For Spirit Duplicator, the three of you were joined by Nina, who’s a conceptual artist, right?
Right. Nina’s a visual artist, but she’s also a self-taught polyinstrumentalist. And she’s an excellent harmony singer, which was actually the reason we’d approached her. It was sort of back and forth for a while. I’d met Nina through (artist) Christine Hill, who was a mutual friend. And Nina had created this conceptual project that was all centered around Staten Island. Anyway, she’d made an album of music to go along with that project—it was this unusual record filled with songs about Staten Island. She sent that to me, and I liked it a lot. The Wingdales had wanted to try some four-part harmony things. We wanted to approach her about singing harmonies with us, and at first we were a little worried about subjecting her to the triune. But in the end we just threw Nina to the wolves, and it’s worked out great. She played recorder, accordion, and lots of other things in addition to singing on the record.

In all the press I’ve seen—and even here, a little—you’re very quick to downplay your own musical talent, but this record seems to have upped the level of musical skill quite a bit. Do you still feel like you’re making your bones in the Wingdales?
Well, I’m not a person who’s been playing my whole life. Probably I am a tiny bit self-conscious. The bands that I played in when I was young were punk, so I was used to that loud, fast, sloppy aesthetic. The other people in the Wingdales are much more practiced at it than I am. The way I always thought of it is, I’m a player the way Kelley Deal was a player in the Breeders. I learn my part, and I practice the shit out of it, and eventually I can play that. Mercifully, the Wingdales don’t jam too often. But we’ve been playing together long enough now that there’s chemistry among us. So I guess it’s easy for me to be self-deprecating; it feels natural. But it would also be dissembling if I didn’t say that, despite our lack of touring and promoting capabilities, we’re not at all embarrassed about the record we’ve made.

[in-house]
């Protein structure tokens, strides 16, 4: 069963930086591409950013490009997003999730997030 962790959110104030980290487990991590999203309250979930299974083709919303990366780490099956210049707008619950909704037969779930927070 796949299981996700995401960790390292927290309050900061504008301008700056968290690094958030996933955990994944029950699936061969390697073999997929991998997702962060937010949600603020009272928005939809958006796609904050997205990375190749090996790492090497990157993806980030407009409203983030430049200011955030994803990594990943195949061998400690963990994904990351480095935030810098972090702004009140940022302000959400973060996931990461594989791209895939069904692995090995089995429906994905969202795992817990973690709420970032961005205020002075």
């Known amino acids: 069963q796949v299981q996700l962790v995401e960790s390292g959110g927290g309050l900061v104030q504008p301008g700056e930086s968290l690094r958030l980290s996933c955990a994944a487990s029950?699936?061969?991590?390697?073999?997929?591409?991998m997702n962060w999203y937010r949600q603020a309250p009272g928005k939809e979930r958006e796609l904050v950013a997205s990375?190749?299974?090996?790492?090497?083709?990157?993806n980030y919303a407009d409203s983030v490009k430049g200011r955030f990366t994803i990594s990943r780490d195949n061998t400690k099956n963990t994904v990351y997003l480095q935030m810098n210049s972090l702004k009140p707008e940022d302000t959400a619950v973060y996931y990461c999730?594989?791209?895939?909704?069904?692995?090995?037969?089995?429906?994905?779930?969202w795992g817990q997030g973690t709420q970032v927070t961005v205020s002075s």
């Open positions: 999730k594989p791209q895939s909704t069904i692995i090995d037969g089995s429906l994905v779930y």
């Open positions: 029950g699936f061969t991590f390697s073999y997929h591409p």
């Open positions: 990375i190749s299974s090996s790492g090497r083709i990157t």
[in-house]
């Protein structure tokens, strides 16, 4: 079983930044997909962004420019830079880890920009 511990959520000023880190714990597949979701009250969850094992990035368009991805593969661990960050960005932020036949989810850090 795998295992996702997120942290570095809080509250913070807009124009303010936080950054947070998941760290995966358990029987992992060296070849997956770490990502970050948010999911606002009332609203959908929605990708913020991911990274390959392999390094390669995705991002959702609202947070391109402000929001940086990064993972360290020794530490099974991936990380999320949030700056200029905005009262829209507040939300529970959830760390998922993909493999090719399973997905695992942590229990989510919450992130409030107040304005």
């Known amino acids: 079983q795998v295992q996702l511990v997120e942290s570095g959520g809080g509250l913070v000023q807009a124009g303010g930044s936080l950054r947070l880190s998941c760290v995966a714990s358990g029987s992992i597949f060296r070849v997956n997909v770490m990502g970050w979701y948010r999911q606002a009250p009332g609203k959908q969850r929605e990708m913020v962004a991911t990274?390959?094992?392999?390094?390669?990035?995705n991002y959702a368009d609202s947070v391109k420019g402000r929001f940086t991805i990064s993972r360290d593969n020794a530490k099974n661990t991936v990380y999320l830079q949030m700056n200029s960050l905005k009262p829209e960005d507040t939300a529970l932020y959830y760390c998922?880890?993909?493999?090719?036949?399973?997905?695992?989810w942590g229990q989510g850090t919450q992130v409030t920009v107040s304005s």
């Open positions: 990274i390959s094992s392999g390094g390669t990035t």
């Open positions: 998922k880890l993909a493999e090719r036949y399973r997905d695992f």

With the first record (2005’s Wingdale Community Singers), you talked about writing lyrics quickly, with very little revision. But this record seems much more high-verbal than the first. Did that process change a lot?
Yeah, it did. For the first record, we were all very much into that old-time, folky aesthetic, where you just crank the stuff out, and it’s all about the joy of playing together. At the time, that sort of approach was diametrically opposed to what we all were doing separately. I guess it was sort of adjacent to what I was doing—the loud, fast, sloppy approach—but for this record, and the credit for this really goes to Hannah, we thought, “Why would we do that again? Let’s please ourselves, and reach and stretch a little bit.” So we worked and reworked the songs very heavily for this record. Some of them even went through two or three iterations before we settled on a shape. And frequently, we began with lyrics, then consciously wrote music that would make those lyrics possible and earned, and not sound forced. Like that song “Naked Goth Girls.” Hannah and I were playing a duo show at (famed San Francisco bookstore) City Lights, where we’d bashed out a bunch of standards. I had the first set of lyrics that day, and we went back and forth with it a lot. We didn’t have a chorus for a long time. We just kept passing the lyrics between us until we had it where we wanted it, and then the musical composition began. That really exemplifies the spirit of this record, as opposed to the first: a lot of writing, a lot of reconfiguring, then a lot of pushing it to go beyond its form.